Palms are the glory of any tropical garden. They can be planted singly or in groups, as a landscape feature, a boundary or an avenue, or indeed as the dominant feature of a new garden.
There are several thousand species of palms recorded in the world, although many have limited horticultural value. ln tropical regions there are more than 200 species of palms suitable for home garden planting available, which have exceptional horticultural features.
When growing palms, it is important to remember that unlike trees, or conventional plants, they do not expand their trunk while growing. lnstead, the basal diameter must be that of the mature trunk before vertical growth takes place.
This is why so many palms have a reputation of being “slow”. It is not that they are slow growing, but simply that growth changes are occurring out of sight. Once basal diameter has reached the correct dimension, upwards growth is rapid with most species.
Easy to Grow
Culture for most palms is simple and very basic. You must remember that palms are either native to the wet tropics or to wetter areas within arid zones. This fact tells us that palms require plenty of water and a well-drained, well-aerated root zone.
All too often we see palms weak and stunted, planted in a shallow hole on a rocky lawn. Grass grows right to the trunk, and generally the leaves are yellowed and small. Obviously something is very wrong!
The generalisation of the native habitat of palms gives us the clue, and the two points mentioned above need to be examined.
A shallow site ensures that most water runs off without wetting the subsoils. A small planting hole likewise does not provide a catchment for water. Grass growing up to the stem ensures that most of the water supplied is used before it reaches the palm’s roots.
Drainage is Important
The second point, “a well-drained, well aerated root zone” is equally important. A heavy clay soil does not permit air to penetrate efficiently and so the plant develops a shallow and very inefficient root system.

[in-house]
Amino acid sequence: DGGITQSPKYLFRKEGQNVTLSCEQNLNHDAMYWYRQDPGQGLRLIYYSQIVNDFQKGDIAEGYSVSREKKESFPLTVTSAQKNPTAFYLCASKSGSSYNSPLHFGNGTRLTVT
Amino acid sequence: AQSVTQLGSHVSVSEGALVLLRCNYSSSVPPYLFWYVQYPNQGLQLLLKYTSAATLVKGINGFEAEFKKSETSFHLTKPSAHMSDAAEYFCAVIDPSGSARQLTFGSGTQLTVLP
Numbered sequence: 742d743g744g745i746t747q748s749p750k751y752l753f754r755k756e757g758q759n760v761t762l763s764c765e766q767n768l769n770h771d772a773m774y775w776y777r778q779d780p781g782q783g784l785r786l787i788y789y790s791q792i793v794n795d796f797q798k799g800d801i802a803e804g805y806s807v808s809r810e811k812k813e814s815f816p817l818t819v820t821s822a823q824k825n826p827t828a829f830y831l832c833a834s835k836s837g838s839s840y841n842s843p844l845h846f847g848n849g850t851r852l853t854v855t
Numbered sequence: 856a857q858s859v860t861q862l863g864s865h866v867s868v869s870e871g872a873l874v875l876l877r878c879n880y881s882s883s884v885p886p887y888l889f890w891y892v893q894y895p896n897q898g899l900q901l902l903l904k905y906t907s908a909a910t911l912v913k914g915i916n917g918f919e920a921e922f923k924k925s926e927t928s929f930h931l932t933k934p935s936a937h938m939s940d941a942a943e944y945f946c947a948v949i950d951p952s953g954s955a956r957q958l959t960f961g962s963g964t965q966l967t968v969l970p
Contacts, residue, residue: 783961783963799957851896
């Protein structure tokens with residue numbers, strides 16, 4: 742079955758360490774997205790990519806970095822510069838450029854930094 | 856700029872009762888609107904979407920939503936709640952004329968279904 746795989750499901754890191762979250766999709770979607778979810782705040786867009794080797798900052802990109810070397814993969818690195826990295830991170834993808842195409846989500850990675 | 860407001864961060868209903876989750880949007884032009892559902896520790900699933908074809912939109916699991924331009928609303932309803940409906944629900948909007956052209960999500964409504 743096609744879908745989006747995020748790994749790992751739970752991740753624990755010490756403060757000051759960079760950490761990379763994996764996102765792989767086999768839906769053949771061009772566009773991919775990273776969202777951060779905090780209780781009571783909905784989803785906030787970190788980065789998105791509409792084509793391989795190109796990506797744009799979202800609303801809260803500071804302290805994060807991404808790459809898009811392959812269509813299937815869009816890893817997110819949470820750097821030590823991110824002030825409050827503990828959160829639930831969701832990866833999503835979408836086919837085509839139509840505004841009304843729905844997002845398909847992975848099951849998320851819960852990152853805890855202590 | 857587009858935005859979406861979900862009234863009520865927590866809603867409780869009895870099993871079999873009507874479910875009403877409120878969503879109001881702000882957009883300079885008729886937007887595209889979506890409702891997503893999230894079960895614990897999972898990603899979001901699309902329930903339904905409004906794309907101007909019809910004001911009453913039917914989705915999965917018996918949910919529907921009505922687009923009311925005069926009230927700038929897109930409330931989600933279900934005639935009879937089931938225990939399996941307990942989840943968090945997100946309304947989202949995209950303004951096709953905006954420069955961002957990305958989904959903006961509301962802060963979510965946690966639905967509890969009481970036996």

That sort of root system cannot absorb the nutrients required for satisfactory growth, or sufficient moisture.
For the same reason, shallow rocky sites do not produce good plants, unless the rock is extensively cracked and fissured. Some people make the mistake of digging a shallow hole and filling it with topsoil. This technique can cause as many problems as it purports to solve.
Often, such a hole is dug until the going gets tough, that is until hard or solid rock is reached. This provides a natural basin and in the wet season, the palm may well be sitting in water.
Obviously then, to obtain the two basic requirements for optimum palm growth, some careful planning and hard work must be allowed for, particularly on difficult sites.
Young palms should be planted where they will receive shade for at least part of the day. lf this is not possible, a tripod of old fronds, or a shade cloth or hessian screen should be provided.
lf these ideas are not possible, try planting young papayas or some cassava sticks around the palm. Their rapid growth and broad leaves quickly provide ideal shade and remove the need for artificial shade. Once the palm is established the nurse plants can be removed.
In the tropics, palms can be used in so many ways. Some dwarf suckering species from Thailand and Malaysia are very useful in stabilising creek banks and dam walls, while other suckering species can make excellent screens or even dividing garden walls. Others of course make small, medium or large feature plants or when planted in clumps make excellent focal points for the garden.
Beside the well-known coconut, in its tall, medium or dwarf forms, many palms also produce excellent and flavourful fruit, ranging from dates, snakeskin fruits and others. These will be described and explained fully in an upcoming article on palm species and their uses.